Major projects, investments worth over $685bn unveiled on Saudi National Day

A photo taken on July 5, 2018, shows Bader al-Ajmi, 38,(L) owner of "One Way Burger" serving customers from his truck at a main street in the capital Riyadh. (AFP)
Updated 22 September 2018
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Major projects, investments worth over $685bn unveiled on Saudi National Day

  • The private sector’s contribution to the GDP at constant prices doubled to around SR1236.6 million in 2017

JEDDAH: A major economic boost in the form of 10 major projects and investments exceeding SR685 billion ($183 billion) were unveiled as celebrations of the 88th Saudi National Day got under way.
The Council of Saudi Chambers released a report focusing on great economic achievements in 2017.
These projects reflect the Kingdom’s vision under the wise leadership of King Salman and that of Crown Prince Mohammed bin Salman to provide a brighter future through diversifying sources of national income, tackling environmental challenges and increasing investment and prosperity.
The report summarized the most important events and economic developments in the Kingdom over the past year. These include the lifting of the ban on women driving in June, and the establishment of the General Authority for Cyber Security, in addition to the numerous royal decrees providing financial support to Saudis.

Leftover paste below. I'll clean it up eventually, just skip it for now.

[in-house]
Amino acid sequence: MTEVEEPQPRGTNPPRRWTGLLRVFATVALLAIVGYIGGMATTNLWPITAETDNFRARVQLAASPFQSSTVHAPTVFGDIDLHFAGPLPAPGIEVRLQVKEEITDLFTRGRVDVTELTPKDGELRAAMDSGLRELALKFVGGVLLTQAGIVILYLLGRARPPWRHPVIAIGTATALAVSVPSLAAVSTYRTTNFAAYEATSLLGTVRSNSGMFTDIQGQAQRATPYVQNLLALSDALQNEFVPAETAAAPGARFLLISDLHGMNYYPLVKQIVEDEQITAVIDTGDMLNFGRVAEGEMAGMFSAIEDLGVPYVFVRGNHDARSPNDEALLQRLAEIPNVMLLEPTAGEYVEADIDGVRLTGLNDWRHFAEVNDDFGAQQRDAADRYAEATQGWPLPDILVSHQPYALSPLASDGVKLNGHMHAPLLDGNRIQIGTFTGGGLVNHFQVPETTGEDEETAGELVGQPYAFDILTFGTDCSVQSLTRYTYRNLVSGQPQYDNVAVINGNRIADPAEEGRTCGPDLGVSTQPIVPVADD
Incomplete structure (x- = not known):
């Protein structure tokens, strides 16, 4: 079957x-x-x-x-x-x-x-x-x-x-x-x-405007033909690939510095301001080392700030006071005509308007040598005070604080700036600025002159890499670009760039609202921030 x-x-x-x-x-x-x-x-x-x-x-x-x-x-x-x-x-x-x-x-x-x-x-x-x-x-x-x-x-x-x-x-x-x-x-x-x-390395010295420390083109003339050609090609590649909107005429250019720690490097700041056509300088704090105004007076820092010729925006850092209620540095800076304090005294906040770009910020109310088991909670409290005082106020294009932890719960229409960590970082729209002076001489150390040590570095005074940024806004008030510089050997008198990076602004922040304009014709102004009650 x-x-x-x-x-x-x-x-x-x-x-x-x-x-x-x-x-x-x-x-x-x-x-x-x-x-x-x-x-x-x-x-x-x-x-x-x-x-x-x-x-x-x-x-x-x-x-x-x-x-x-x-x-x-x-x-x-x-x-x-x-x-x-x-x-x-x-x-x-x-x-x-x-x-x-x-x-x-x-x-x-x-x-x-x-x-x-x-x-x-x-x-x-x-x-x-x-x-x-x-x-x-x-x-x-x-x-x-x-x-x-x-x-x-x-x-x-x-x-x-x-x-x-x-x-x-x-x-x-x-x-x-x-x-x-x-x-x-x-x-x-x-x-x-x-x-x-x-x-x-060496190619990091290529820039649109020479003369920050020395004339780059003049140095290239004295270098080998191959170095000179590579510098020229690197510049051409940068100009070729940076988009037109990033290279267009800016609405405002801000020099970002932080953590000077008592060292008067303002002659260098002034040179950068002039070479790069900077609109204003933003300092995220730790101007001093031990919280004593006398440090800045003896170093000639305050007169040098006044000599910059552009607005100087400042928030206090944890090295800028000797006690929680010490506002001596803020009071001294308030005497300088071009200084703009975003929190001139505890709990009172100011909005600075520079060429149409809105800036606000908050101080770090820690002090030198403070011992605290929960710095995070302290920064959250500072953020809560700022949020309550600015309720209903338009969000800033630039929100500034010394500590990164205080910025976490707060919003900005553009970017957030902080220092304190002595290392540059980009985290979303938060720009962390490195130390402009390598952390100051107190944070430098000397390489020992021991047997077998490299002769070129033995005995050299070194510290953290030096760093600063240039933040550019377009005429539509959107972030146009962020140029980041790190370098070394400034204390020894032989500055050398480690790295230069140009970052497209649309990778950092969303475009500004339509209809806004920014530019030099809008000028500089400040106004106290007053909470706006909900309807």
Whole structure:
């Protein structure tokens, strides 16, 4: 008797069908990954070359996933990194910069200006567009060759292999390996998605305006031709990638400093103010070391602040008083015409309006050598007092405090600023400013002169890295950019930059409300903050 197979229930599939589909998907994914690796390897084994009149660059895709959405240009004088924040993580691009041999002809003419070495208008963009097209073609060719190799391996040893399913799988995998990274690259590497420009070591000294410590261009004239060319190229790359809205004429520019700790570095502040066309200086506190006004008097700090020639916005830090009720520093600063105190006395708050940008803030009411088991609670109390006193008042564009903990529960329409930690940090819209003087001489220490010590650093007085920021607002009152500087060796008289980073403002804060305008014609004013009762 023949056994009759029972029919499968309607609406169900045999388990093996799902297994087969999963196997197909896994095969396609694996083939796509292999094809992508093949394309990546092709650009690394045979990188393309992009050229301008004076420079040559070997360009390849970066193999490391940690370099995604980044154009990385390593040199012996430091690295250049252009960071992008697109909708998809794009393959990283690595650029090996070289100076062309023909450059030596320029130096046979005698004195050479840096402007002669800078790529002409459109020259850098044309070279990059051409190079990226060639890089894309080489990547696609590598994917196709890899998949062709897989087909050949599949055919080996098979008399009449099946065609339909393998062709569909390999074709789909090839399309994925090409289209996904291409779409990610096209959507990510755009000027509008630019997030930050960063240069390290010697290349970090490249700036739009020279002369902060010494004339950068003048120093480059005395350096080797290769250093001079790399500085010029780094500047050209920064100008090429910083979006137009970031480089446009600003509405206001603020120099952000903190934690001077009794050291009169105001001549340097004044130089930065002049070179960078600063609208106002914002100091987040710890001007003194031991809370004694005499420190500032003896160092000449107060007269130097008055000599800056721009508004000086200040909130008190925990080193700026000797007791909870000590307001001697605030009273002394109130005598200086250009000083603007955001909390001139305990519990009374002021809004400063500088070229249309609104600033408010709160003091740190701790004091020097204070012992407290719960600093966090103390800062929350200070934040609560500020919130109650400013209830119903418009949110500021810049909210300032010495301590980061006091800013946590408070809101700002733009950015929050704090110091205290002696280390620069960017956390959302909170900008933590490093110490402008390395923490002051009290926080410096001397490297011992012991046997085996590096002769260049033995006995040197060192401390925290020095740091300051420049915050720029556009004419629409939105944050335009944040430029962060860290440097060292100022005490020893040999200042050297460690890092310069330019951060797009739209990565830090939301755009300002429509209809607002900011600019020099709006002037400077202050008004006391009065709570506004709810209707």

It also noted the important decisions related to the Saudi business sector. These include the launch of a private sector incentive program with a value of SR72 billion, the privatization of 10 government sectors and the establishment of the General Authority for Real Estate. The private sector is still showing a strong performance as an efficient partner in the inclusive development process and in the achievement of the Kingdom’s 2030 Vision, the report noted, as it contributes 39 percent to the Saudi gross domestic product (GDP).
The private sector’s contribution to the GDP at constant prices doubled to around SR1236.6 million in 2017. There has been increased contribution to GDP from non-oil private sector streams.
The private sector also witnessed an increase in the number of workers, in its capital, in the number of shares on the Saudi market, in the cumulative number of establishments operating in the Kingdom, and in non-oil exports.
Continued growth of the private sector was attributed by the report to the Saudi government’s support. This support comes through initiatives such as the removal of obstacles to financial development, improvements to the working environment and policies adopted to boost investment.
It also reviewed the private sector’s efforts to support diversification of the economy and lower unemployment rates.
The importance of the measures taken to prioritize the employment of qualified Saudi workers over the employment of expatriates in the private sector were stressed, as well as the sector’s role in providing education and health services.